Speckled trout are the most sought after in our coastal waters, and if you’re not aware of it, the males croak, especially during the spawn. Red drum, or redfish, are in the same family and are highly sought after from brackish to our coastal waters and occupy game fish status.
Third in the popularity chain but rising fast is the black drum. The black drum is actually better table fare than redfish, but the reds hold the reputation for their fight after being hooked. The croaker would be next on the list and is usually caught while fishing for other species. They make great table fare, as well.
Ah, the goo; not considered much for sport or table fare in most anglers’ books. They are usually a side catch, as well. They will hit an artificial bait, so bass anglers tangle with the line, stripping runs on occasion as they put up a great fight. Anglers will catch gaspergou while fishing for catfish, as well.
This is where I come in. I love to tight-line for catfish, and my favorite bait in late winter/early spring is small crawfish. This is the lowly goo’s top item on its menu, so I catch my fair share of this lowly member of the drum family. As a rule, I’d enjoy the fight and release them.
When I was a kid, mom would make courtbuillon, which was made with tomato gravy and served over rice. It was OK, but I wasn’t a fan of red gravy and rice; I’m still not. This is the way they were eaten back in the day, and it was pretty popular. Daddy would tell us of folks from west Louisiana who would flock to the Amite River in the springtime to take advantage of the goo run upriver during the spawn.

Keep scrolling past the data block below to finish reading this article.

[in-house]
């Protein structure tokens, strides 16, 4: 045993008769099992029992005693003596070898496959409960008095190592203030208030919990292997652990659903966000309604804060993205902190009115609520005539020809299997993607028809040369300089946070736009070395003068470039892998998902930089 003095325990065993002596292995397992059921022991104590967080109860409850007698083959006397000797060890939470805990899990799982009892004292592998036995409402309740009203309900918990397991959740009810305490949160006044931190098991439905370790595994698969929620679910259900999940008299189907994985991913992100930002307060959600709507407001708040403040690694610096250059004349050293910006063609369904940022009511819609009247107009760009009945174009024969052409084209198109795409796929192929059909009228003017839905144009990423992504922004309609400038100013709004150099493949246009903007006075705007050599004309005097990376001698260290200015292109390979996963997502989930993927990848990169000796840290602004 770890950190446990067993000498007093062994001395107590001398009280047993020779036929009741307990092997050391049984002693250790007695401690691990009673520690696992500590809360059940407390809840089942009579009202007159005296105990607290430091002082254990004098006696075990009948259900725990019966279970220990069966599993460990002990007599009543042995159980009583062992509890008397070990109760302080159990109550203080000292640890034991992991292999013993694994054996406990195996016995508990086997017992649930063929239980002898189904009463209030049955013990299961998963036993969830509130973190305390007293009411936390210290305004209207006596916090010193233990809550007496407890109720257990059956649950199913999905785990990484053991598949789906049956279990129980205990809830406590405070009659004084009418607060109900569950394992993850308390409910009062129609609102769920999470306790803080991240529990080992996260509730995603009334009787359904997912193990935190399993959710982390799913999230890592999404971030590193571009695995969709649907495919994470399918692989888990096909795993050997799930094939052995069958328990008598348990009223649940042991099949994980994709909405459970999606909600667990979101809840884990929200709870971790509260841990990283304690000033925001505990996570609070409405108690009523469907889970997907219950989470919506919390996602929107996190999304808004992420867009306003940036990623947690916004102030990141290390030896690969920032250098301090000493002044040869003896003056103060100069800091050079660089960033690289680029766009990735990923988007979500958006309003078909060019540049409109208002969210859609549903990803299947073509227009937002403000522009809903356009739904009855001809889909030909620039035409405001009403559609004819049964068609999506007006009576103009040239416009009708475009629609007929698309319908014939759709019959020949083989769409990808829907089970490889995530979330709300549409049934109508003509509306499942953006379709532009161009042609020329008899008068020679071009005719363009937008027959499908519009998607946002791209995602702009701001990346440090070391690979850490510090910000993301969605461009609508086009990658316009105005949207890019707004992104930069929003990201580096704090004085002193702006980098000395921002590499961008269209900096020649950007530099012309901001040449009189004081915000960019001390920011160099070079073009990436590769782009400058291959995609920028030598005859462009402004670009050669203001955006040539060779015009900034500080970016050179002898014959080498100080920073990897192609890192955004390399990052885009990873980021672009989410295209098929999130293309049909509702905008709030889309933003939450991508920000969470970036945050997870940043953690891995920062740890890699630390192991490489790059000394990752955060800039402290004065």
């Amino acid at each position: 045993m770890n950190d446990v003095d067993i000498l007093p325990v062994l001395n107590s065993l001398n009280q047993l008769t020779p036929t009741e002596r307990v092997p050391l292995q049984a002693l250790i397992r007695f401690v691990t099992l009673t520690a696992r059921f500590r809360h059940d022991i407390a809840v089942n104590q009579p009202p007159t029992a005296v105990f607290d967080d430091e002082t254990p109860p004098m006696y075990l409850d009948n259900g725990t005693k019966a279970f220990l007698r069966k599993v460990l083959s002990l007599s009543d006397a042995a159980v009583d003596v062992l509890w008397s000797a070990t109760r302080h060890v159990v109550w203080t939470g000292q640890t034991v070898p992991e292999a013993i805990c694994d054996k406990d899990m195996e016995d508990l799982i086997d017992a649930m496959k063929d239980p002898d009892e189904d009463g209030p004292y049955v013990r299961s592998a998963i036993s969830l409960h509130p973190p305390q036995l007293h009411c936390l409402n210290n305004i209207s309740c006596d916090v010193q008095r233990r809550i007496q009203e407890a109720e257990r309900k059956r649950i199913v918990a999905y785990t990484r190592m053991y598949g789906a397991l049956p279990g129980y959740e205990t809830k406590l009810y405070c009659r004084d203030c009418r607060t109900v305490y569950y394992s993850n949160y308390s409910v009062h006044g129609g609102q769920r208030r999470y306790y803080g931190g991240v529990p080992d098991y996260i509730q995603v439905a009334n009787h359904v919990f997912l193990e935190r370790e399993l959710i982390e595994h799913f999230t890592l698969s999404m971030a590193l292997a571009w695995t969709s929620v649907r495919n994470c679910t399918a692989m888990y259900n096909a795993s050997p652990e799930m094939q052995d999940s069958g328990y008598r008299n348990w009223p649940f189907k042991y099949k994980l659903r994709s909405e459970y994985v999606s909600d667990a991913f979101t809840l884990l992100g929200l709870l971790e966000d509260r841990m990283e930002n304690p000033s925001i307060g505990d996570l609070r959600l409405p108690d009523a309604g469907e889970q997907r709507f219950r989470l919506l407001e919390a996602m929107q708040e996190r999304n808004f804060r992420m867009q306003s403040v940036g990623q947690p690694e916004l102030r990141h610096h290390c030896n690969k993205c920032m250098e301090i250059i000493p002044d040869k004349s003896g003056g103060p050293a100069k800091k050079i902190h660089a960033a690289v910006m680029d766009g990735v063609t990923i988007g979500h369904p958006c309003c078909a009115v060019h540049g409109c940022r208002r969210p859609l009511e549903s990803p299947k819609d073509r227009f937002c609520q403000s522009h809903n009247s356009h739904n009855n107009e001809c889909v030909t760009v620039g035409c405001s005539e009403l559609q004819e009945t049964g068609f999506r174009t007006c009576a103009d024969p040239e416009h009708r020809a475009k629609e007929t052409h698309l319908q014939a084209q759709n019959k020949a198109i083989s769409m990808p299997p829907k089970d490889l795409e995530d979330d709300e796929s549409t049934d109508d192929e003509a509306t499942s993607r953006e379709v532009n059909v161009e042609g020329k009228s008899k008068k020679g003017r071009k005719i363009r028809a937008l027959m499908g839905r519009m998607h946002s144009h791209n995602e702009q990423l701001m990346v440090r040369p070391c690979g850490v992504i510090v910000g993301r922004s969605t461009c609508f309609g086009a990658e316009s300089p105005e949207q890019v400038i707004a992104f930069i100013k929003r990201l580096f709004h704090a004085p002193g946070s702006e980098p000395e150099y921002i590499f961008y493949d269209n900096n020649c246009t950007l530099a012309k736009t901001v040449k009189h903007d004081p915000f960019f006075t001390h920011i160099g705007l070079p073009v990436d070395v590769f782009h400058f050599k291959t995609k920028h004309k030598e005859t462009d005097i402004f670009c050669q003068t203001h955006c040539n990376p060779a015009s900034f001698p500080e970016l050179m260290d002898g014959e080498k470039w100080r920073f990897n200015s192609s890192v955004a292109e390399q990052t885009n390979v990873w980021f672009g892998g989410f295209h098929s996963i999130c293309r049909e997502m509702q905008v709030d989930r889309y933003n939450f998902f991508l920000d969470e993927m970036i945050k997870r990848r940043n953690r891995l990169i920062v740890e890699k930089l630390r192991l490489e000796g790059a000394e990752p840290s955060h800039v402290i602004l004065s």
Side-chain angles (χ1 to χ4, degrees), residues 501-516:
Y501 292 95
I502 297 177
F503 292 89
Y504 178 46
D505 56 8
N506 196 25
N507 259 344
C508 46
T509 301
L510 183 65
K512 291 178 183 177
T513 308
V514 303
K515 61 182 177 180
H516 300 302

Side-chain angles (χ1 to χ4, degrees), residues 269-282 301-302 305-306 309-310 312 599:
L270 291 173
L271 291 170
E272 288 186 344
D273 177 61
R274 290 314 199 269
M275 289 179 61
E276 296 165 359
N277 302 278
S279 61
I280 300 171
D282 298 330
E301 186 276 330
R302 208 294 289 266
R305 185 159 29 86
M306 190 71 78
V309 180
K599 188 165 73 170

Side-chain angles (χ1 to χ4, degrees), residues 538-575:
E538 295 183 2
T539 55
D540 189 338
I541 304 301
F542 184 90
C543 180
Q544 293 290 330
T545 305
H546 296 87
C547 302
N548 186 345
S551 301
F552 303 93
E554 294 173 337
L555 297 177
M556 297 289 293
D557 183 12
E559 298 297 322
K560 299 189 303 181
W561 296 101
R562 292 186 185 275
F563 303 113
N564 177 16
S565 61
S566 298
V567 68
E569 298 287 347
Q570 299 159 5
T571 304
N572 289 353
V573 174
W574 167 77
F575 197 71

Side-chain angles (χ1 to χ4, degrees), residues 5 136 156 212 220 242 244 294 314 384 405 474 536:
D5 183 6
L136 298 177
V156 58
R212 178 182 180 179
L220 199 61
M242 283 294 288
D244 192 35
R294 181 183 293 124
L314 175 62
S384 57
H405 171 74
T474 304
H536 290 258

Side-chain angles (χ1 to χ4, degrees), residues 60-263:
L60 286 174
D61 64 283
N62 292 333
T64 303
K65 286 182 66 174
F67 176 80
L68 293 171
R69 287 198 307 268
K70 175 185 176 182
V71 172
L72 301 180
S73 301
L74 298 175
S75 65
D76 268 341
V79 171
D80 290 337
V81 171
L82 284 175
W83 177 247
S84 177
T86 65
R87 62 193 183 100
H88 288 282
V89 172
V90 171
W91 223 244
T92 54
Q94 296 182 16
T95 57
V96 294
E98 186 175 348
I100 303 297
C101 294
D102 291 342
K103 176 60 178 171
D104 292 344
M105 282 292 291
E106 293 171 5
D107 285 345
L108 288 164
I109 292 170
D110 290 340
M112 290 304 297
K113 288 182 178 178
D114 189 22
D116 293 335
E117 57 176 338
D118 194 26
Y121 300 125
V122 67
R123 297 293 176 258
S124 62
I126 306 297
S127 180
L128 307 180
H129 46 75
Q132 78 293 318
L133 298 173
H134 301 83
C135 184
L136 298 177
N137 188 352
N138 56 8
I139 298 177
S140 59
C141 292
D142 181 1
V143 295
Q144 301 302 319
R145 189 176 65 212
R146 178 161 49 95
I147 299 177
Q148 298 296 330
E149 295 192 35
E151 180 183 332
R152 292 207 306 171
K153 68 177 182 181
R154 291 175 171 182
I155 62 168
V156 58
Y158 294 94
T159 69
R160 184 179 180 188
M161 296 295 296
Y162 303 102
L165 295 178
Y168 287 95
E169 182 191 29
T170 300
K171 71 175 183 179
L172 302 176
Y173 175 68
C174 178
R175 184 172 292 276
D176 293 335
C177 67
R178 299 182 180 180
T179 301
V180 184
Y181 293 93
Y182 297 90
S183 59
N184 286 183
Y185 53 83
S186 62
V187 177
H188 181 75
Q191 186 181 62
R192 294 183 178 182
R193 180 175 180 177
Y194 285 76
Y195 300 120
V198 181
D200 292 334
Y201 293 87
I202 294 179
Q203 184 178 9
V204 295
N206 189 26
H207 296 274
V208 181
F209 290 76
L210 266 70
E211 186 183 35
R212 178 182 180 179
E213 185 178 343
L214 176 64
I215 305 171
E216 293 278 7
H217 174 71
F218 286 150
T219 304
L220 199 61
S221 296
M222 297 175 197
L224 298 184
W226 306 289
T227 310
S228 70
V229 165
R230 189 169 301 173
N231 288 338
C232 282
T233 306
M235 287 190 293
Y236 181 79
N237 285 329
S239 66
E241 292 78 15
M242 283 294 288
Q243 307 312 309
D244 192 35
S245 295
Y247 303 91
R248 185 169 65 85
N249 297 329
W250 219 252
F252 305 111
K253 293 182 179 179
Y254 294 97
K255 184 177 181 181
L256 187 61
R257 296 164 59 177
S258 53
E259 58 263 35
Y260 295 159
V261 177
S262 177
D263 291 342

I sort of just gave up on eating them until a couple of years ago. The meat is very white and clean; it just doesn’t have any flavor. Frying it or broiling it sort of makes it rubbery and unpleasant to eat, but I got tired of throwing back all that good-looking meat and set out to figure this thing out. There must be a way to cook them that is flavorful and pleasant to eat.
I enlisted a five-star chef, my wife, Deborah, to help in the quest. I have to thank her for her patience as I came up with what seemed to be some whacky ideas, but she pulled it off. The first recipe I asked her to try was a “goo stew.”
She was assigned to make it like a crawfish stew to serve over rice. It was incredible. It cooks more like meat and is perfect for cooking in liquid. It doesn’t fall apart but is tender as can be while absorbing the flavor of the gravy.
We tried fish cakes (like crab cakes) and cooked it with andouille and shrimp in an Alfredo sauce with angel hair pasta; the possibilities are endless.
While fishing for bream with small crawfish on the pier, I caught a 4-pound goo and went inside to inform my wife. After telling her, she exclaimed, “Oh no, what now?” I informed her I’d like to try it in a gumbo.
After shaking her head, she agreed to take the task on. She added shrimp and some smoked sausage to knock it out of the park!
The lowly goo has been elevated to a pretty high position in our home, no longer to be looked down on. You should try it, too.